1st Case of CAD Due to COVID-19 in Asia Treated With Corticosteroids

Margarida Maia, PhD avatar

by Margarida Maia, PhD |

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An elderly woman in Japan is the first reported patient in Asia to develop cold agglutinin disease (CAD) due to COVID-19, according to a new case study.

The patient was found to have anemia, or an unusually low red blood cell count, that was not resolved with a blood transfusion. Her treatment thus involved the use of corticosteroids, which are usually not recommended for CAD secondary to an infection.

“Anemia persisted even after blood transfusion and COVID-19 recovery, with the re-administration of corticosteroids required,” the researchers wrote, noting the woman was discharged from the hospital after 18 days.

Her case was described in the report “Severe Anemia Due to Cold Agglutinin Syndrome in a COVID-19 Patient with IgM Monoclonal Gammopathy of Undetermined Significance Successfully Treated with Corticosteroids,” published in the journal Internal Medicine.

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CAD occurs when the body makes cold agglutinins, which are antibodies that attack and damage red blood cells at low temperatures. Sometimes, it occurs in association with an underlying illness, such as an infection, in which case it is called secondary CAD.

Earlier this year, a team of researchers in the U.S. reported the case of an elderly woman with a history of secondary CAD who experienced a worsening of her symptoms after contracting an infection with SARS-CoV-2, the virus that causes COVID-19.

Now, a team of researchers in Japan reported the case of a 72-year-old woman who also developed symptoms of CAD secondary to COVID-19.

The woman visited the hospital with a two-week history of cough and shortness of breath upon exertion. A blood test revealed she had anemia. She also had a history of high blood pressure.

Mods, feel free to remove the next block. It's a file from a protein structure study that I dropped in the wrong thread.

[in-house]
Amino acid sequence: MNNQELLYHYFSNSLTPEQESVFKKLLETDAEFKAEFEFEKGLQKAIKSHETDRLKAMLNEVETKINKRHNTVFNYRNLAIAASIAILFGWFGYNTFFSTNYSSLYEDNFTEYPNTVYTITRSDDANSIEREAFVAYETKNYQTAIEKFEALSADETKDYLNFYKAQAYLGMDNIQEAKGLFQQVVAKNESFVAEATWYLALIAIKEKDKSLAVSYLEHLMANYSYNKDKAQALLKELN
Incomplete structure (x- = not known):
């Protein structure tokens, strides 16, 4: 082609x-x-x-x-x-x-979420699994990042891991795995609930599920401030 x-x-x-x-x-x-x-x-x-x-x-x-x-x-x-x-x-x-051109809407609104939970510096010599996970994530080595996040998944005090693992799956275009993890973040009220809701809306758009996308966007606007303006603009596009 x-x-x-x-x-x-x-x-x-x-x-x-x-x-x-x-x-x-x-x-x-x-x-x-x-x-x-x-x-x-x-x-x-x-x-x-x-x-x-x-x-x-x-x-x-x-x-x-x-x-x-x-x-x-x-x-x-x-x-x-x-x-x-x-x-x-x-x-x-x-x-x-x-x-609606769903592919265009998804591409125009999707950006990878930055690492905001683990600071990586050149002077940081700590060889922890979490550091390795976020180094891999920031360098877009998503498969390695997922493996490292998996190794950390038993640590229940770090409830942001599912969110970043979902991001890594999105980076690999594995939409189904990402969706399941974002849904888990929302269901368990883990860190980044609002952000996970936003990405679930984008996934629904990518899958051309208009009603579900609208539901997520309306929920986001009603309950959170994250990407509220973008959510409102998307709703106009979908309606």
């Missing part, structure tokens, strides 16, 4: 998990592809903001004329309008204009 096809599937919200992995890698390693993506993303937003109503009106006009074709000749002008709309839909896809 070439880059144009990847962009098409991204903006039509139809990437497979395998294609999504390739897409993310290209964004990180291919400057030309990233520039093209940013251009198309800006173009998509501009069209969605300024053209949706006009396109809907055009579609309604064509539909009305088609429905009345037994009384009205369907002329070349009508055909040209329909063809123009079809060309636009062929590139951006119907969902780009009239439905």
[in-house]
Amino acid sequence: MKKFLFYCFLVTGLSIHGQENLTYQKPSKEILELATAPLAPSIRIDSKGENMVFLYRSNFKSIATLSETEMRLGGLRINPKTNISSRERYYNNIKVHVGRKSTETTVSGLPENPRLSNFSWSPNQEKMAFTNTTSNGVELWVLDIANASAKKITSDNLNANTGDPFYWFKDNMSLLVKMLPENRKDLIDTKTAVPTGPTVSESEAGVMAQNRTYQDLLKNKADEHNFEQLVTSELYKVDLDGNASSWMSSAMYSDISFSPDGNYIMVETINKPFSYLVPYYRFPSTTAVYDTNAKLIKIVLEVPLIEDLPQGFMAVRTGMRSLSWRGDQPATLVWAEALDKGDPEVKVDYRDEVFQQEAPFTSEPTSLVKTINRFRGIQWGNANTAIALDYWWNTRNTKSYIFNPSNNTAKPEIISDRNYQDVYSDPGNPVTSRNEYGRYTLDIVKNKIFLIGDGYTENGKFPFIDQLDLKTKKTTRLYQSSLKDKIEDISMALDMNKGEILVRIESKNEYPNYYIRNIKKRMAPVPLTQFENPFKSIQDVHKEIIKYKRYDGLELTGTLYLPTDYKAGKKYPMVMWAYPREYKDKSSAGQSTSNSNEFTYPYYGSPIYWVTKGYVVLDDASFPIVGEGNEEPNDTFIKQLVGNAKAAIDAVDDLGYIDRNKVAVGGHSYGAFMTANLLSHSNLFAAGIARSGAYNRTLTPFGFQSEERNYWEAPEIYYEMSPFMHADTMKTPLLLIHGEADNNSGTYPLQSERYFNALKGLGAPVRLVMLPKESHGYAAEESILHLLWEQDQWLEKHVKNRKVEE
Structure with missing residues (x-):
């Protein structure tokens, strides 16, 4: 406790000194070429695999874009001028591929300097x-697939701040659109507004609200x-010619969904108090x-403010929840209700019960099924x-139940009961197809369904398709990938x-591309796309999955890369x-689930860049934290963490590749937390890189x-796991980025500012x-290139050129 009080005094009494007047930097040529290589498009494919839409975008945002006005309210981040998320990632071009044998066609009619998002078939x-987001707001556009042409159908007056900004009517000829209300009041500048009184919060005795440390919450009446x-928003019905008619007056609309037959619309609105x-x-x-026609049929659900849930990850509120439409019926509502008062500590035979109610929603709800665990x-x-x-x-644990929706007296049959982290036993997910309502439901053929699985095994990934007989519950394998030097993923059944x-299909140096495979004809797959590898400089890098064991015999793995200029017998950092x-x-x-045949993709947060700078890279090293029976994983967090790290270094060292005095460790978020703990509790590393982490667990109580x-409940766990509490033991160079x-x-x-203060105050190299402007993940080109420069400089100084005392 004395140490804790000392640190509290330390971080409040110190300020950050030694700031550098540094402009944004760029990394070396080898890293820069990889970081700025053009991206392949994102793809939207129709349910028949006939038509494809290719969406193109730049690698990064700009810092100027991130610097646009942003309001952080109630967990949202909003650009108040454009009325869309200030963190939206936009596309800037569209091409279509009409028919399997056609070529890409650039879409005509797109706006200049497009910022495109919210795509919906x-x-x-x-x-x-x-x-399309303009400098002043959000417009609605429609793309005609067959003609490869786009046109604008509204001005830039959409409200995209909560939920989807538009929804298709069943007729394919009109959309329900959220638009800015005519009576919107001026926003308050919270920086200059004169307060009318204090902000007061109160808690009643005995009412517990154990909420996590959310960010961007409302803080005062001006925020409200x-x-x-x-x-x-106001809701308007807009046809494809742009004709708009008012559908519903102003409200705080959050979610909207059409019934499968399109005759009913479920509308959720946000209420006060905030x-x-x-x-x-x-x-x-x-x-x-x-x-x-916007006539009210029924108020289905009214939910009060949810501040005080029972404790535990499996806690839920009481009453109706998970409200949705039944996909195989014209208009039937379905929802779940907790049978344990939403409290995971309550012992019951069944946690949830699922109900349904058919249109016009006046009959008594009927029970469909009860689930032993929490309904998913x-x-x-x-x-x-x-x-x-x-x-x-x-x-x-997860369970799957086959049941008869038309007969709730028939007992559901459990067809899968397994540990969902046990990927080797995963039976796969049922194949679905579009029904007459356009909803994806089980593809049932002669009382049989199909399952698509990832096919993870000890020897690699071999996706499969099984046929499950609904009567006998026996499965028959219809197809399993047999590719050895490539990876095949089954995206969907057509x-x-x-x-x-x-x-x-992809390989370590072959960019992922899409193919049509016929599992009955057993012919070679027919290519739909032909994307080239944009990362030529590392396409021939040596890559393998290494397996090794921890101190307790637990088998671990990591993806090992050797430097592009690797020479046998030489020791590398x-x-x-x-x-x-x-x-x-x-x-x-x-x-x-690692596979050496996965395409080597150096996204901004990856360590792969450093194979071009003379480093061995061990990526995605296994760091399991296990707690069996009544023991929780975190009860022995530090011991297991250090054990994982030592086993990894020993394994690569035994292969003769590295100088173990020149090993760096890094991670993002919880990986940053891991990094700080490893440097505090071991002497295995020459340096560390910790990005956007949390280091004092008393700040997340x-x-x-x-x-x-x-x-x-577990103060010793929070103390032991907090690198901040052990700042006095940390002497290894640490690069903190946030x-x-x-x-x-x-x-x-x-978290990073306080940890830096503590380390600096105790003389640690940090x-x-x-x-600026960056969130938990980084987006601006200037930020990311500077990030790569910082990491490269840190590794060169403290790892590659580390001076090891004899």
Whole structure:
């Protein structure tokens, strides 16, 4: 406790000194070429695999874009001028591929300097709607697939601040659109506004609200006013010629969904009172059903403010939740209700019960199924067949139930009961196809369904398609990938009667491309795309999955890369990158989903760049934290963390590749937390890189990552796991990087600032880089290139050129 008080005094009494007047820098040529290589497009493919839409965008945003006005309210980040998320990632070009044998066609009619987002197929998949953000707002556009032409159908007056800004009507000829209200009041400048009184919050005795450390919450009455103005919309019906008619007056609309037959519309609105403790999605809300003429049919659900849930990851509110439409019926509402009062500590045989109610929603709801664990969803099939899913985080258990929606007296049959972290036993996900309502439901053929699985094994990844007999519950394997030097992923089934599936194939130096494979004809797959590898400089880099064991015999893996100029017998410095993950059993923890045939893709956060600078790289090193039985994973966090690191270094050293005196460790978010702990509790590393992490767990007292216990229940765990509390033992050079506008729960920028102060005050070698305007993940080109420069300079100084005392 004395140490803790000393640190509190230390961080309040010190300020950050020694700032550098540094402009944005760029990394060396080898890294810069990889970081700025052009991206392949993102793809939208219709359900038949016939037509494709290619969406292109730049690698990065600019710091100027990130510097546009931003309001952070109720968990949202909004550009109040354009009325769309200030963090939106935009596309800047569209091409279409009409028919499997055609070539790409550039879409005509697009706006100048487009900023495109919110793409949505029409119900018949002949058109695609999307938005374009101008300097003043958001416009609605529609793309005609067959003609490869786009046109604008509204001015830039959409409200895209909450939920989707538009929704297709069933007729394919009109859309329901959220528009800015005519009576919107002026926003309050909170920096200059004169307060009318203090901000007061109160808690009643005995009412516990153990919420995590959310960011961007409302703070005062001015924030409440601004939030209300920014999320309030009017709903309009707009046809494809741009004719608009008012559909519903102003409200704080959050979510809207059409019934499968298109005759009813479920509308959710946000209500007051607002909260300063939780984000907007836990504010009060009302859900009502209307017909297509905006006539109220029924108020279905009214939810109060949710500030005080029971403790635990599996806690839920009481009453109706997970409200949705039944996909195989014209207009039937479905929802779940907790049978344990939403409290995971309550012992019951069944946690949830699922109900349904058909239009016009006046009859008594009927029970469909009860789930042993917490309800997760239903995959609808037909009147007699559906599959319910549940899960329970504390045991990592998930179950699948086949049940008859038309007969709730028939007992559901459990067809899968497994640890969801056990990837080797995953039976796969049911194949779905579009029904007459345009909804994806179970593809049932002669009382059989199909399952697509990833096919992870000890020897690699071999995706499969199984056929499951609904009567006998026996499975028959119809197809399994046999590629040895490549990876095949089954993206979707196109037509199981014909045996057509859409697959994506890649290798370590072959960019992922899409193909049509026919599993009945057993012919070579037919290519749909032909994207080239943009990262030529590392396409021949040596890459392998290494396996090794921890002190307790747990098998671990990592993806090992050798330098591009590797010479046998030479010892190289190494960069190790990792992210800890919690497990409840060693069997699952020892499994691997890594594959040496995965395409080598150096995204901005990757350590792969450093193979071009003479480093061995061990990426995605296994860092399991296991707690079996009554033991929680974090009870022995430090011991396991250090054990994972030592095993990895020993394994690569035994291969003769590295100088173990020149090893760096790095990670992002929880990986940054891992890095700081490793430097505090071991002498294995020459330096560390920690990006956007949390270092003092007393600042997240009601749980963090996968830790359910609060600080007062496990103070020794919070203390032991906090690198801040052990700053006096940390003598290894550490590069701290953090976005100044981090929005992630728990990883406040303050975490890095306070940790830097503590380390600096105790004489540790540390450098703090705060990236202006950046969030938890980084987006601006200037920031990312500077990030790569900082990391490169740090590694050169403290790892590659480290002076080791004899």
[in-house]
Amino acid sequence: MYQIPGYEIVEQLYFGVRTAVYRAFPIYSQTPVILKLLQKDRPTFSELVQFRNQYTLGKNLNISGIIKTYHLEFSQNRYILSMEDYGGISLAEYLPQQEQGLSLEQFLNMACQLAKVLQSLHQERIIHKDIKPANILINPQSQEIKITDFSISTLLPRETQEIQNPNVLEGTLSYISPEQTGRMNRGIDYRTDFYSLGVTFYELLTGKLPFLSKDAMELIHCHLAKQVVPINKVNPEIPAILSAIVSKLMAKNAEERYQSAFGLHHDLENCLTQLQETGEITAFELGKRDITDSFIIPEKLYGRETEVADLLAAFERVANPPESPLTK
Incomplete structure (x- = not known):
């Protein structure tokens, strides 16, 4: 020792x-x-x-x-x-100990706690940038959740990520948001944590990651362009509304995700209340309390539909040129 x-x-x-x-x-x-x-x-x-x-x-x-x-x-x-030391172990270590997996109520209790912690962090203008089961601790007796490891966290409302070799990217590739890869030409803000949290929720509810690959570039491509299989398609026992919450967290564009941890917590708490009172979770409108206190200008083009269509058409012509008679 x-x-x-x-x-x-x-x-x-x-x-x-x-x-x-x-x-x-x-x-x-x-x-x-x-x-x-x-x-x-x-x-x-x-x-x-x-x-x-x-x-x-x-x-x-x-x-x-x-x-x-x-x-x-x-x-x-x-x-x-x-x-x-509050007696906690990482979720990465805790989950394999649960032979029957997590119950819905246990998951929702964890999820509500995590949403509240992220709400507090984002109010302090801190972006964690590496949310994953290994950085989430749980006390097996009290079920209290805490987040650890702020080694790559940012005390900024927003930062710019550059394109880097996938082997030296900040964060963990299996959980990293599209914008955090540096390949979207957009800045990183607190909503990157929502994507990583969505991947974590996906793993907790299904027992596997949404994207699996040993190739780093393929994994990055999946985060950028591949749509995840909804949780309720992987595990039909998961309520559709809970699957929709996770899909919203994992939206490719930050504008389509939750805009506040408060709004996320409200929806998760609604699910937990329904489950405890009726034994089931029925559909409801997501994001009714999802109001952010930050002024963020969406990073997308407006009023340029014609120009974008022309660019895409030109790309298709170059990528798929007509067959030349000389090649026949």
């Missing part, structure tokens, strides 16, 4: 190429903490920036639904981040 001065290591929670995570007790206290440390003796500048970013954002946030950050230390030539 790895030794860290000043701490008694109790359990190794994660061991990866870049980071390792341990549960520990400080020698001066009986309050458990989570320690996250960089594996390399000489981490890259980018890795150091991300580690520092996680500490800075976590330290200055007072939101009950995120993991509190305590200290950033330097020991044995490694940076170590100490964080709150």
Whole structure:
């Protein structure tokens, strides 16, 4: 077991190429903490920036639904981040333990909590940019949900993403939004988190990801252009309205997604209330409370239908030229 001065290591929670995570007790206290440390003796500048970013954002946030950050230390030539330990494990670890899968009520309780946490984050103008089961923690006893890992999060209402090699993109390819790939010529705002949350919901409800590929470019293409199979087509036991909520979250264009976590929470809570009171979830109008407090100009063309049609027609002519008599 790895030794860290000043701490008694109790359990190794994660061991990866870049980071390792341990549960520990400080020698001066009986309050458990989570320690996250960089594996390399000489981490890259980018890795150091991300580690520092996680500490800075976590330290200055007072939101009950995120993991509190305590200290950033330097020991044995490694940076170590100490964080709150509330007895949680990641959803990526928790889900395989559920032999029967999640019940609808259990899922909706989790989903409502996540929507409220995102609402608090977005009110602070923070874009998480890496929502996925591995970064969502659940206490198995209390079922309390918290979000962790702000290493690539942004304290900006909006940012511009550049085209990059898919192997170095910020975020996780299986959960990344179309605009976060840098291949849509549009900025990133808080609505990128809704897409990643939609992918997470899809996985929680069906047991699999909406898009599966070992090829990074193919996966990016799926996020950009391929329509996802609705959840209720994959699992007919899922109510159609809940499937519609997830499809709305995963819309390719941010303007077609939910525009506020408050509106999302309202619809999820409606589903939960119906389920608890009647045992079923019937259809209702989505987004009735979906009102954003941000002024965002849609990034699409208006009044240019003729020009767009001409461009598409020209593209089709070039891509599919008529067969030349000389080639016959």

A lab test came back positive for SARS-CoV-2. Yet, the amount of virus that could be detected was relatively low. Based on this finding, doctors estimated that COVID-19 had had its onset about two weeks prior to her hospital visit.

Additional blood tests revealed high levels of cold agglutinins, and a Coombs test also came back positive. Of note, the Coombs test is used to look for cold agglutinins or other antibodies that are bound to red blood cells.

The patient also had low levels of hemoglobin — a protein in red blood cells that is responsible for transporting oxygen — and haptoglobin, a liver-made protein that binds to hemoglobin. Conversely, she had high levels of lactate dehydrogenase (LDH) and bilirubin, two markers of red blood cell destruction.

Based on these findings, doctors diagnosed her with CAD.

Further blood testing revealed high levels of IgM, a protein that is made by certain immune cells in the bone marrow to help the body fight infection. An abnormal increase in the production of this type of protein is called a gammopathy, and the woman was diagnosed with a monoclonal gammopathy of undetermined significance (MGUS).

These findings pointed at COVID-19 and MGUS as the potential causes of CAD.

The woman received a red blood cell transfusion and was given oral dexamethasone, a corticosteroid, for 11 days. She also received the antiviral Veklury (remdesivir) to treat COVID-19. 

Her breathing improved and her anemia eased gradually, and treatment with dexamethasone was stopped because both COVID-19 and CAD were deemed to have resolved.

“We concluded that COVID-19 was the main cause of the patient’s CAS [secondary CAD] at that time point and that the CAS would improve spontaneously following the resolution of COVID-19,” the researchers wrote.

However, her hemoglobin levels dropped again after treatment with dexamethasone was stopped. She was started on oral prednisolone, another corticosteroid, and her hemoglobin levels rose.

The woman was discharged and advised to avoid cold environments. Treatment with prednisolone was tapered, and symptoms did not return.

“Although corticosteroids are not a standard therapy for CAS, they might be effective for CAS secondary to COVID-19 complicated with MGUS,” the researchers wrote.